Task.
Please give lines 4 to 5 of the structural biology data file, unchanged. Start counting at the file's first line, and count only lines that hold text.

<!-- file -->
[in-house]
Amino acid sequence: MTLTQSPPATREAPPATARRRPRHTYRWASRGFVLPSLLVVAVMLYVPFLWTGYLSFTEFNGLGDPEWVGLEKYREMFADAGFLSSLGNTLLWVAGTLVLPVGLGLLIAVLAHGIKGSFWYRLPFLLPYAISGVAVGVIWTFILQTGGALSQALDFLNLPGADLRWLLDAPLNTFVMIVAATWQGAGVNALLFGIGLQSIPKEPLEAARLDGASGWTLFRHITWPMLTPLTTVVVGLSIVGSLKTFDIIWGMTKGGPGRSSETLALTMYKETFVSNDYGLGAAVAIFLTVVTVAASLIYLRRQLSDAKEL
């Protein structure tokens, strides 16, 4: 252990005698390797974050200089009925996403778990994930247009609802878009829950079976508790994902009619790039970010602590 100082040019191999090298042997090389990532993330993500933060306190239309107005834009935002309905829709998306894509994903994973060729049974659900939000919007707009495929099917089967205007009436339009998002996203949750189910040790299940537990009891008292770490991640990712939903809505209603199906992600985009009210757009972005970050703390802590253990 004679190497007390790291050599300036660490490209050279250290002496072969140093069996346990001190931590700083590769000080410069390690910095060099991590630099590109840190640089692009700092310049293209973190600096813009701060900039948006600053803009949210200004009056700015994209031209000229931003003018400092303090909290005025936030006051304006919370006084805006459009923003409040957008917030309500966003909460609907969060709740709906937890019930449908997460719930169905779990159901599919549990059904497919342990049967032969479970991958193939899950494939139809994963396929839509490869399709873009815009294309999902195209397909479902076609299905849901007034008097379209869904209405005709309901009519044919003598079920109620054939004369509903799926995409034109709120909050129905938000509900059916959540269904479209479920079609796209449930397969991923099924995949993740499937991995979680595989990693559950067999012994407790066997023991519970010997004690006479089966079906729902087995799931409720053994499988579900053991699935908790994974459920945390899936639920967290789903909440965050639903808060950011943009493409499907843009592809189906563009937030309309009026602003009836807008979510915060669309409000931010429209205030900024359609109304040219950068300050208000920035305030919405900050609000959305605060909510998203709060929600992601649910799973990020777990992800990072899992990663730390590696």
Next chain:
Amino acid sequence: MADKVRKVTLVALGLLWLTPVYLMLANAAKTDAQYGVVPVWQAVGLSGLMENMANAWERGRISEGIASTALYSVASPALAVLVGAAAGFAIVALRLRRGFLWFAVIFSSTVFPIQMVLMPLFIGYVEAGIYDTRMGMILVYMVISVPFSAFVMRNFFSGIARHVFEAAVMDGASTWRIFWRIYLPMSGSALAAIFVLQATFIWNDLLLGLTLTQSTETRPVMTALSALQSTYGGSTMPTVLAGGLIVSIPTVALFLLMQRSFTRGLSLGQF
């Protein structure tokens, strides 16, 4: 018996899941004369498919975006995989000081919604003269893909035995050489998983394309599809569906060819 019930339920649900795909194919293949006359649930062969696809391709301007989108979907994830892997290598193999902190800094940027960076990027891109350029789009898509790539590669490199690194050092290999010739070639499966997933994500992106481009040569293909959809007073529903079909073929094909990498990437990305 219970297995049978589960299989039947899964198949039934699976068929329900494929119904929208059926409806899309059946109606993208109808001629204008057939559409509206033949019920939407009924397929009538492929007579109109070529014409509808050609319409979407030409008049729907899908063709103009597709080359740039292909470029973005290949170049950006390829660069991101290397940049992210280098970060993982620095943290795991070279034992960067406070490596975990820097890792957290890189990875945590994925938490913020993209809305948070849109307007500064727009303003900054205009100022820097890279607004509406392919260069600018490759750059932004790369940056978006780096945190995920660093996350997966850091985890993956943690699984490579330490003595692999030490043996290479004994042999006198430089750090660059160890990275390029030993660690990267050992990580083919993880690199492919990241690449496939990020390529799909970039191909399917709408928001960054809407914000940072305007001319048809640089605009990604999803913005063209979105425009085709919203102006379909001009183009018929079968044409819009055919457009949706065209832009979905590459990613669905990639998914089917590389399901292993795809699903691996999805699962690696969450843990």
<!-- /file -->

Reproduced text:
Next chain:
Amino acid sequence: MADKVRKVTLVALGLLWLTPVYLMLANAAKTDAQYGVVPVWQAVGLSGLMENMANAWERGRISEGIASTALYSVASPALAVLVGAAAGFAIVALRLRRGFLWFAVIFSSTVFPIQMVLMPLFIGYVEAGIYDTRMGMILVYMVISVPFSAFVMRNFFSGIARHVFEAAVMDGASTWRIFWRIYLPMSGSALAAIFVLQATFIWNDLLLGLTLTQSTETRPVMTALSALQSTYGGSTMPTVLAGGLIVSIPTVALFLLMQRSFTRGLSLGQF